Harvard Neurologist Starts New Program For Doctor Education; Study Finds Journal Authors Often Do Not Disclose Ties To Medical Device Companies
The Boston Globe reports on Dr. Martin Samuels, a Harvard Medical School neurologist, who started "a new company that he says will provide continuing medical education to doctors across the country - without funding from the pharmaceutical industry. The venture is the latest development in an escalating national debate over the system for educating physicians. States require physicians to take continuing education courses to retain their medical licenses, but doctors often pay little or nothing for the instruction because many of the companies that offer it are partly funded by makers of drugs and medical devices. Samuels himself worked part time for such a company until last year, when he said he decided that commercial support created an unacceptable conflict. Critics say the reliance on industry funding allows drug and device companies to influence what is taught, potentially misleading physicians about the best treatments for patients and pushing up spending on prescription drugs" (Kowalczyk, 9/14).
In a separate piece, Bloomberg News/The Boston Globe report: "Fewer than half of the physicians who received $1 million or more in consulting fees from medical device companies including Johnson & Johnson, Stryker Corp., and Biomet Inc. in 2007 disclosed the financial ties in subsequent articles they wrote about the industry, a study shows." The report released yesterday in the Archives of Internal Medicine "focused on 40 orthopedic surgeon researchers who were given at least $1 million from a single company and another who received that much from two companies. The biggest payout was $8.9 million" (9/14).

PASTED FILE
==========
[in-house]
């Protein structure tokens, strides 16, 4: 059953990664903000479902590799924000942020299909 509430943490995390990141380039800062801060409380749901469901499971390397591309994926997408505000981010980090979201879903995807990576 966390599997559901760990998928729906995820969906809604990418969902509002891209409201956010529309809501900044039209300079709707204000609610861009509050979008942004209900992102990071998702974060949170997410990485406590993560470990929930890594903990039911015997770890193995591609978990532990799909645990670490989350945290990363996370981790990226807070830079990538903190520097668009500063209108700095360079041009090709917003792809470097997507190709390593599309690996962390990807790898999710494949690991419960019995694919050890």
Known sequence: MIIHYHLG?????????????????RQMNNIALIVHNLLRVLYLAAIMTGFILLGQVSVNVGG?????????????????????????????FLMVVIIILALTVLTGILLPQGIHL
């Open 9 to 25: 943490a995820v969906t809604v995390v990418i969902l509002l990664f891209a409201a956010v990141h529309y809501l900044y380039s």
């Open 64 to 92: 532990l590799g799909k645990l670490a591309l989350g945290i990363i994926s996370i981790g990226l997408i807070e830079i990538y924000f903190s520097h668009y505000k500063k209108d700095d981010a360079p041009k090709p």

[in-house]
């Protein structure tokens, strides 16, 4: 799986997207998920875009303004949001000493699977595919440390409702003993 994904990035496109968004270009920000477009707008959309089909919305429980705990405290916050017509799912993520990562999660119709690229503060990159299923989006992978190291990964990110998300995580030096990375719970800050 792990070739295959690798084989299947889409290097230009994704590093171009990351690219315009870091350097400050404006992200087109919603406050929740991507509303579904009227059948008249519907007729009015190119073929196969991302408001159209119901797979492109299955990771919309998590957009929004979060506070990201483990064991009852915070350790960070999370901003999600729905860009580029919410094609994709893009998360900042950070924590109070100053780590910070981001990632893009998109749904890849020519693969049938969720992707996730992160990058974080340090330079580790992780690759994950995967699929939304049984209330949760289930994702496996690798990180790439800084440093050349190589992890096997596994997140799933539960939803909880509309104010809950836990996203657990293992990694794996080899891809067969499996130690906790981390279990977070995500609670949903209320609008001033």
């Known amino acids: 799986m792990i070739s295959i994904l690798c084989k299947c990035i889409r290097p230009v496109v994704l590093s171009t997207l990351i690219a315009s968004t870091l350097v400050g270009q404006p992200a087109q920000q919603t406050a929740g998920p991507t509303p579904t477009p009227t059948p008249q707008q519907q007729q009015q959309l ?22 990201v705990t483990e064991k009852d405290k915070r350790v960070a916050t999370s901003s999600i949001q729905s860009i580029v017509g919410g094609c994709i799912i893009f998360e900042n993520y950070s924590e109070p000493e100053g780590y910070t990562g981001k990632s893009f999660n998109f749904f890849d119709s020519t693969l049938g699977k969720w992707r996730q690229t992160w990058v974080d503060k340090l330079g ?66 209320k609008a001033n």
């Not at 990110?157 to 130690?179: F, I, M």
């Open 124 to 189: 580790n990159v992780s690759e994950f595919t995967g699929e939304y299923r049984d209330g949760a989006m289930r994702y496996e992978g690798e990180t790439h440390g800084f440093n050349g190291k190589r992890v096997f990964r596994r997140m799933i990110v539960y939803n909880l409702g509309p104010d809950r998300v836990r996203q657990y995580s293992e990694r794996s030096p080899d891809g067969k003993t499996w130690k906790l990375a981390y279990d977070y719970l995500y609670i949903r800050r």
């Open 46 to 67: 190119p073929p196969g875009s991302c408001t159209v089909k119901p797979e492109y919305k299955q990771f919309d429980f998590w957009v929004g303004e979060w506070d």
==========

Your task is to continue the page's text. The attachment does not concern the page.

USA Today: "This lack of disclosure appears to flout professional and medical journal standards requiring that doctors reveal any potential conflicts of interest that might influence their research or expert analysis, doctors say. 'The whole concept of disclosure is to alert readers to potential bias,' says Mary O'Connor, president of the American Association of Hip and Knee Surgeons. 'The fact that (the researchers) found a troubling amount of non-disclosure means to me that the profession needs to work harder to improve this.' ... Experts say it will become easier to trace corporate payments to doctors on Sept. 30, 2013, when the government launches an Internet database containing every gift or payment of $10 or more under the Physician Payment Sunshine Act. Today, consumers must search for the information on corporate websites" (Sternberg, 9/13).
Reuters: "Members of Congress including Senator Charles Grassley, an Iowa Republican, have been pushing to limit the influence drugmakers have over the practice of medicine in the United States after investigations revealed that Harvard University psychiatrist Dr. Joseph Biederman and others failed to fully disclose payments from drug companies" (Steenhuysen, 9/13).
The New York Times: "'We found a massive, dramatic system failure,' said David J. Rothman, a professor and president of the Institute on Medicine as a Profession at Columbia University, who wrote the study with two others. Professor Rothman called for stricter disclosure policies, including precise amounts of consulting payments. He said journal readers needed the information to consider the potential for bias. The International Committee of Medical Journal Editors, responding to criticism, has proposed better disclosure policies in the last two years. But each journal sets its own policy, and critics say many of them have still not gone far enough. ... The study was based on disclosures by five medical device companies, mostly forced by government investigations. The companies paid about $250 million to consultants in 2007, including royalties, the study says. Zimmer paid $87 million; DePuy Orthopaedics, $63 million; Stryker, $45 million; Biomet, $27 million; and Smith & Nephew, $24 million" (Wilson, 7/13).